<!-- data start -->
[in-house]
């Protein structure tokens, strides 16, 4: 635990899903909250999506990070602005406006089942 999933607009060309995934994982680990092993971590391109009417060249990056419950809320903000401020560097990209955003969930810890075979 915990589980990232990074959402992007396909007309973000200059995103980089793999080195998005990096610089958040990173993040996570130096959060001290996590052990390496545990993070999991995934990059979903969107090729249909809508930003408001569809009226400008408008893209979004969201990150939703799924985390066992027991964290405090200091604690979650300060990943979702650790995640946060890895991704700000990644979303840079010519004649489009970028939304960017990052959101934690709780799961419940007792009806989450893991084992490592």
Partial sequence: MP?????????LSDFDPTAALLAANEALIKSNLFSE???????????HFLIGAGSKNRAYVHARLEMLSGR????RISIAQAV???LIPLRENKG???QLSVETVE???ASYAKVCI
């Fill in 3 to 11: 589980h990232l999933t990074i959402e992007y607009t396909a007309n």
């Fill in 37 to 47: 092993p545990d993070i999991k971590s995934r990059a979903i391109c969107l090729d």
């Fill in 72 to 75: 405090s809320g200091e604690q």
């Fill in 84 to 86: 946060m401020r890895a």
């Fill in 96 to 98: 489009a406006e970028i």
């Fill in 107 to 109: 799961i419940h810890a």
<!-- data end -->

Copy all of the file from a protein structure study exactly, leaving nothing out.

[in-house]
């Protein structure tokens, strides 16, 4: 635990899903909250999506990070602005406006089942 999933607009060309995934994982680990092993971590391109009417060249990056419950809320903000401020560097990209955003969930810890075979 915990589980990232990074959402992007396909007309973000200059995103980089793999080195998005990096610089958040990173993040996570130096959060001290996590052990390496545990993070999991995934990059979903969107090729249909809508930003408001569809009226400008408008893209979004969201990150939703799924985390066992027991964290405090200091604690979650300060990943979702650790995640946060890895991704700000990644979303840079010519004649489009970028939304960017990052959101934690709780799961419940007792009806989450893991084992490592």
Partial sequence: MP?????????LSDFDPTAALLAANEALIKSNLFSE???????????HFLIGAGSKNRAYVHARLEMLSGR????RISIAQAV???LIPLRENKG???QLSVETVE???ASYAKVCI
């Fill in 3 to 11: 589980h990232l999933t990074i959402e992007y607009t396909a007309n």
């Fill in 37 to 47: 092993p545990d993070i999991k971590s995934r990059a979903i391109c969107l090729d």
């Fill in 72 to 75: 405090s809320g200091e604690q």
């Fill in 84 to 86: 946060m401020r890895a």
């Fill in 96 to 98: 489009a406006e970028i």
């Fill in 107 to 109: 799961i419940h810890a």